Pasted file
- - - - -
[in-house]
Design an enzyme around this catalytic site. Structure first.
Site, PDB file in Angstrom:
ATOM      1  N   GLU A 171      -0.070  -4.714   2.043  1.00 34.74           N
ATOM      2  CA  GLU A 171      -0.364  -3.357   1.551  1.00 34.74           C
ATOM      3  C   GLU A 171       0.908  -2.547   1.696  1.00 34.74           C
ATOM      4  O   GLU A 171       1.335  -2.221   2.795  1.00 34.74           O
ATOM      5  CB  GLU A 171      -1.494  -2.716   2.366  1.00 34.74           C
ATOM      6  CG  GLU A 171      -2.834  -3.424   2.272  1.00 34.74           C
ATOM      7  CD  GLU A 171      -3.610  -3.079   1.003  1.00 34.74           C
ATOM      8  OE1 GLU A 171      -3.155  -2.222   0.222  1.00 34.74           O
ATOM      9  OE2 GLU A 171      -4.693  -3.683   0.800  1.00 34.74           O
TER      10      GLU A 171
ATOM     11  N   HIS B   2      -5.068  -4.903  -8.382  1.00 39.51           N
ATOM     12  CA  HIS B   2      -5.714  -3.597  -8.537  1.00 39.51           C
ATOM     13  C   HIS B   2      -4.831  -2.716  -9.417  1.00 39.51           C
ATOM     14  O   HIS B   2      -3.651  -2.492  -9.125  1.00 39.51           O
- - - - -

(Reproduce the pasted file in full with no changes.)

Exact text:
[in-house]
Design an enzyme around this catalytic site. Structure first.
Site, PDB file in Angstrom:
ATOM      1  N   GLU A 171      -0.070  -4.714   2.043  1.00 34.74           N
ATOM      2  CA  GLU A 171      -0.364  -3.357   1.551  1.00 34.74           C
ATOM      3  C   GLU A 171       0.908  -2.547   1.696  1.00 34.74           C
ATOM      4  O   GLU A 171       1.335  -2.221   2.795  1.00 34.74           O
ATOM      5  CB  GLU A 171      -1.494  -2.716   2.366  1.00 34.74           C
ATOM      6  CG  GLU A 171      -2.834  -3.424   2.272  1.00 34.74           C
ATOM      7  CD  GLU A 171      -3.610  -3.079   1.003  1.00 34.74           C
ATOM      8  OE1 GLU A 171      -3.155  -2.222   0.222  1.00 34.74           O
ATOM      9  OE2 GLU A 171      -4.693  -3.683   0.800  1.00 34.74           O
TER      10      GLU A 171
ATOM     11  N   HIS B   2      -5.068  -4.903  -8.382  1.00 39.51           N
ATOM     12  CA  HIS B   2      -5.714  -3.597  -8.537  1.00 39.51           C
ATOM     13  C   HIS B   2      -4.831  -2.716  -9.417  1.00 39.51           C
ATOM     14  O   HIS B   2      -3.651  -2.492  -9.125  1.00 39.51           O